Size does (not) matter: A note from the Indonesian Islamic Boarding School (Pondok Pesantran)
In previous years, qualitative research on the internet has become a new trend. It is widely believed that a small context of the internet could portray a big picture of society from a small lens and grasp the unique pattern of each context at the same time. My research on the internet in the Indonesian Islamic boarding school (Pondok Pesantren) follows this logic. Throughout its history, Pondok Pesantren is well-known as an epitome of religious education in Indonesia. Its independence from the uniformized state-schooling system creates distinctive characteristics from one Pondok Pesantren to the others. This presentation is based on fieldwork at two Pondok Pesantren in Tasikmalaya, West Java, Indonesia, namely Miftahul Huda and Cipasung. While the first relies heavily on the traditional educational system and classical Islamic texts, the latter has a formal schooling system from kindergarten to the higher educational institutions. In this regard, this presentation aims to explore two main themes. Firstly, internet policy and the public sphere. As both of them have a different educational system, each institution applies different internet policy. In Cipasung, students are allowed to access mobile phone one day in a week and the internet access also available at computer laboratories in the school. Meanwhile, students in Miftahul Huda almost have no access to the internet. Nevertheless, students in both institutions perceive their education as an enlightening experience. Secondly, cultural production and cultural identity. As an institution that operates 24 hours, students are not only conditioned to absorb various knowledge and soft skills but also to form their own identity as the young Muslim in the modern era of Indonesia.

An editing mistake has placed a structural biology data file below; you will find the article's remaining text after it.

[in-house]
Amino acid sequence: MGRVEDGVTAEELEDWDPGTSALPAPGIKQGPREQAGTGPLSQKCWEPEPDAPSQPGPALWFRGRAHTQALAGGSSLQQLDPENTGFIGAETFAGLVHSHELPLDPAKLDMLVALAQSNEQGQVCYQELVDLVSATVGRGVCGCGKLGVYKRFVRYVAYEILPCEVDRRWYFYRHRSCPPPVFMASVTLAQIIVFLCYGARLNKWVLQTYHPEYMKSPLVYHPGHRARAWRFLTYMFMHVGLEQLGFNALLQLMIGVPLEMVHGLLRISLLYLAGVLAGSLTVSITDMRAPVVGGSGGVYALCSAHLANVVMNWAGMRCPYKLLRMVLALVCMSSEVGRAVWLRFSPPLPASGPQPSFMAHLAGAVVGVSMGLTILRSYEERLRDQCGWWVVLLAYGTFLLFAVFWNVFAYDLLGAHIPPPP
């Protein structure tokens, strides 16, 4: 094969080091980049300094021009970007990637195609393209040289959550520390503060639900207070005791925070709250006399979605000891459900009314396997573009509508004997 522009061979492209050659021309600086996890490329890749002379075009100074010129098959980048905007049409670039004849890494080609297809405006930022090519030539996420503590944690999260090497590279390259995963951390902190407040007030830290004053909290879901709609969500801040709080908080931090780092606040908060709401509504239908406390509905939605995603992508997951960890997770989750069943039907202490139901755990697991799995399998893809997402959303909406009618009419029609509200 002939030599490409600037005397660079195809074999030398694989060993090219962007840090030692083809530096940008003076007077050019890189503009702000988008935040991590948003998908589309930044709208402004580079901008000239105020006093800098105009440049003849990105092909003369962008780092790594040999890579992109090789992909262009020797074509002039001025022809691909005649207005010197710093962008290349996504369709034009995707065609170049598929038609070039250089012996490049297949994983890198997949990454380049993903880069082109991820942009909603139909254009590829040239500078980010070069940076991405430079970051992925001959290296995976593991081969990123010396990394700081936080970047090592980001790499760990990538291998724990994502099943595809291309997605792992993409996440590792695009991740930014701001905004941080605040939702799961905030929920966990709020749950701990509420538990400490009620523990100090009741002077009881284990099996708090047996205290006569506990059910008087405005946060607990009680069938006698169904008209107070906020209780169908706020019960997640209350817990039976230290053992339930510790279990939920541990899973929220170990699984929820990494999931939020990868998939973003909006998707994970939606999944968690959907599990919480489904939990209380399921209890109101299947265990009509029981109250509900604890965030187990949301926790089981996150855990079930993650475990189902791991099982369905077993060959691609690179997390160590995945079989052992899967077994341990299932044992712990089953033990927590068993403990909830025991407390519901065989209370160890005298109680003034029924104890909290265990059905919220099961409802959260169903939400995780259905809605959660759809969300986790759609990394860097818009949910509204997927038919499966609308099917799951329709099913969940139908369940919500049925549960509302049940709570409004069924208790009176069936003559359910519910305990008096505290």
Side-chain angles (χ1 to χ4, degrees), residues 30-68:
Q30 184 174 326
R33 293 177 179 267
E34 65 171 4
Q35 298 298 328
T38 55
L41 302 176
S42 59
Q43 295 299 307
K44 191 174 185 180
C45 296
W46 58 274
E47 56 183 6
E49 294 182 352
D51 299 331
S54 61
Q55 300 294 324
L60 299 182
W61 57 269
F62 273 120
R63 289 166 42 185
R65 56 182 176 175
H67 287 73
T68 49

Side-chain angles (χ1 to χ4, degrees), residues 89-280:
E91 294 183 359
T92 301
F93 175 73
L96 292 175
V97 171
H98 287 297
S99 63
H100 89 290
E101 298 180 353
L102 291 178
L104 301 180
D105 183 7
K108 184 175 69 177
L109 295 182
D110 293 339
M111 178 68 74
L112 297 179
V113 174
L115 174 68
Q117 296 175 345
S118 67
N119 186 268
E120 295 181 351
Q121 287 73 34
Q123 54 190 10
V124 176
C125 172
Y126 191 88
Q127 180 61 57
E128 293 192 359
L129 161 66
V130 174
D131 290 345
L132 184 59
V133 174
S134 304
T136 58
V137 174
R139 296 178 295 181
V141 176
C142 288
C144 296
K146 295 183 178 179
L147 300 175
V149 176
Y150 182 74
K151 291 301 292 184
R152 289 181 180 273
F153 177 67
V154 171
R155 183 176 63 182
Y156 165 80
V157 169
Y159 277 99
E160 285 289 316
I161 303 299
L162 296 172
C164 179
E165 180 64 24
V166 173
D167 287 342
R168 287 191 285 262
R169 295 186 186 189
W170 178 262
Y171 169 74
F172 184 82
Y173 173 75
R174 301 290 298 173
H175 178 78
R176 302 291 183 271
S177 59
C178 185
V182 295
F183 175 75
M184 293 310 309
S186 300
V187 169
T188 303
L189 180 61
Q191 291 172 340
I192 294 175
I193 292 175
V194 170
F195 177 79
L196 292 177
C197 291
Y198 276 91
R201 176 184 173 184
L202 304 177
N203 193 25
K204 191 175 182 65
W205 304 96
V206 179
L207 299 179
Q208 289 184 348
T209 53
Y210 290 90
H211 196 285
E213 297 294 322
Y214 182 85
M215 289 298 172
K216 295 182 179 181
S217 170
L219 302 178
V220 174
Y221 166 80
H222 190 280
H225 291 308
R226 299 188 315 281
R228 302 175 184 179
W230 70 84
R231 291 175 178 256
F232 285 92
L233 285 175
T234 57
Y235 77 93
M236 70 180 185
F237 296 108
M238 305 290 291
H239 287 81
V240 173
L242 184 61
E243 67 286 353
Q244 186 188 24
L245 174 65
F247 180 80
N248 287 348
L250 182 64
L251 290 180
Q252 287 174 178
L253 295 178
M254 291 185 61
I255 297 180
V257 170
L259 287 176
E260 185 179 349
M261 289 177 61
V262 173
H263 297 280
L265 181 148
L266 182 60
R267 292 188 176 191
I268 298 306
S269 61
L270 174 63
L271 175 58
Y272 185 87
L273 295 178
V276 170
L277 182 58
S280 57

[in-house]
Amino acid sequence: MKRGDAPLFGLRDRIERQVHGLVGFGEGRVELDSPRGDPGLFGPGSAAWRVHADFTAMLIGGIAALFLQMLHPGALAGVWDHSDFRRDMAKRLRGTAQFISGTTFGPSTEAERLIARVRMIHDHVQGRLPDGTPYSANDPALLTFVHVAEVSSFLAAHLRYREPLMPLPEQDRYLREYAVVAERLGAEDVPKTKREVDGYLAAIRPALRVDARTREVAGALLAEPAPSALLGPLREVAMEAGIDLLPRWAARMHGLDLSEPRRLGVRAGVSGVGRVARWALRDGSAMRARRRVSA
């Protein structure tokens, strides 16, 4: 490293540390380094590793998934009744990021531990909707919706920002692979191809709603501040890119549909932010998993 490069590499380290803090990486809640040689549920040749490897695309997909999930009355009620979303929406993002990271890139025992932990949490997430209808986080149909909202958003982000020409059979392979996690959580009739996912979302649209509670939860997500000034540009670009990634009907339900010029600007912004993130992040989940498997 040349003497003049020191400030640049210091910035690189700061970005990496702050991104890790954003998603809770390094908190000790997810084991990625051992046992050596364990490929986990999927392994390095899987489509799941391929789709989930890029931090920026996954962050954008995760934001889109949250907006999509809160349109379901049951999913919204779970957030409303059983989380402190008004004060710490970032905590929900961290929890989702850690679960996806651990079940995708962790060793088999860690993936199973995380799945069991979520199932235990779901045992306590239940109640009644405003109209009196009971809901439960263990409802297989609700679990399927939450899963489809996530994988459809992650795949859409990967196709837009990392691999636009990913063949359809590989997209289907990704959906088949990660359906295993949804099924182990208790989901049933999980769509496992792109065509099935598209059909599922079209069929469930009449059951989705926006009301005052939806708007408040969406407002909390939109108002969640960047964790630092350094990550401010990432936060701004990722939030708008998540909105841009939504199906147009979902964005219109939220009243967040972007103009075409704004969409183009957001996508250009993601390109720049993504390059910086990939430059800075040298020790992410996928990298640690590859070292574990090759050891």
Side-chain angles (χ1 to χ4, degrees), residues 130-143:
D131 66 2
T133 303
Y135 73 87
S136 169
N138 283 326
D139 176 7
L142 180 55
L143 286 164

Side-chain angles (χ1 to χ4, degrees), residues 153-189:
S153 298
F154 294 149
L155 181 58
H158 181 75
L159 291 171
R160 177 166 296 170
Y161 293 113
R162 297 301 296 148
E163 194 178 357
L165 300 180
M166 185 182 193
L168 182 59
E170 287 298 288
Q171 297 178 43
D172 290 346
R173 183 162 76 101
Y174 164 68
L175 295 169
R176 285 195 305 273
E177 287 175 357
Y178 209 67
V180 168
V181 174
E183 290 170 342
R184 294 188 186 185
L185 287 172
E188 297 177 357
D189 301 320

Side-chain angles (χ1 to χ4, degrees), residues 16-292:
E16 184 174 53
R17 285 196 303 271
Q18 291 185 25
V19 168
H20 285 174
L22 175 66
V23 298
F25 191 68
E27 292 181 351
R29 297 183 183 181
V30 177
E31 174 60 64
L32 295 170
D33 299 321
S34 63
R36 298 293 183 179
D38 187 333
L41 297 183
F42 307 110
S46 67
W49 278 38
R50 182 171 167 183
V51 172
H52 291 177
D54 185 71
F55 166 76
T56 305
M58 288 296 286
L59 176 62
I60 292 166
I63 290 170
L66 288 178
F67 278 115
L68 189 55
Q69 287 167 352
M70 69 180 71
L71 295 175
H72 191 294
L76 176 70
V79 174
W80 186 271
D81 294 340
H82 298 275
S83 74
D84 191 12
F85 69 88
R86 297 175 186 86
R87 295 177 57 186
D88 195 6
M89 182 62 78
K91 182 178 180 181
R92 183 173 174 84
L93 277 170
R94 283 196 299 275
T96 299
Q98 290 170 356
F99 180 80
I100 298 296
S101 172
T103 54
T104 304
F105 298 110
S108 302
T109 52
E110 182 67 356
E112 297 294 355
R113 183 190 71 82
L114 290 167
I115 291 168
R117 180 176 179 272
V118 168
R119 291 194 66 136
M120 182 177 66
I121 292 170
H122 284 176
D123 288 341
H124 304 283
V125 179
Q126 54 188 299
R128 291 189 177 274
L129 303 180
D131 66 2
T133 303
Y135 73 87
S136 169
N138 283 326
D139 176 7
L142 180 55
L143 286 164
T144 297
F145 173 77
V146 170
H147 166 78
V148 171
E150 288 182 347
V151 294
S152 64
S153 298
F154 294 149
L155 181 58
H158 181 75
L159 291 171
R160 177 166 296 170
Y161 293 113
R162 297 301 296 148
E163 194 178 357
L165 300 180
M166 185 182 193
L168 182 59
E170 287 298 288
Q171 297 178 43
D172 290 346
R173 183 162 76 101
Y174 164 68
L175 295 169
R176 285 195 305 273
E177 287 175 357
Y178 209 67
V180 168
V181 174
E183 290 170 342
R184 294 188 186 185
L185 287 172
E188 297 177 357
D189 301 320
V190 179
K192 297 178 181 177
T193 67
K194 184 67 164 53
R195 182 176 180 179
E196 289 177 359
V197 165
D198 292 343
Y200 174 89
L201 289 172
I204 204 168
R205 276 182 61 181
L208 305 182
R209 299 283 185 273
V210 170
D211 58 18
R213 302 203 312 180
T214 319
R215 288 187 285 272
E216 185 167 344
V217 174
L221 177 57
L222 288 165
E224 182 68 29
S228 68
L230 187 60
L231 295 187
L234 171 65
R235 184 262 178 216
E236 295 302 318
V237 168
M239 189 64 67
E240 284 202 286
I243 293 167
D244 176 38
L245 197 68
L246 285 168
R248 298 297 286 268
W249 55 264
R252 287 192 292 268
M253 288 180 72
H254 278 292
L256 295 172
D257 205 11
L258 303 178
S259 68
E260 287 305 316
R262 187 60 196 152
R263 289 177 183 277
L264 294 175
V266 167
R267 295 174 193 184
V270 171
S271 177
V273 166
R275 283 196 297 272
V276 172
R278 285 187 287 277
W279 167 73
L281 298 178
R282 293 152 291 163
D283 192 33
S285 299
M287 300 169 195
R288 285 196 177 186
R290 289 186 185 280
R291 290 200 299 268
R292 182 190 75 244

PhD Candidate, Centre for Cultural and Media Policy Studies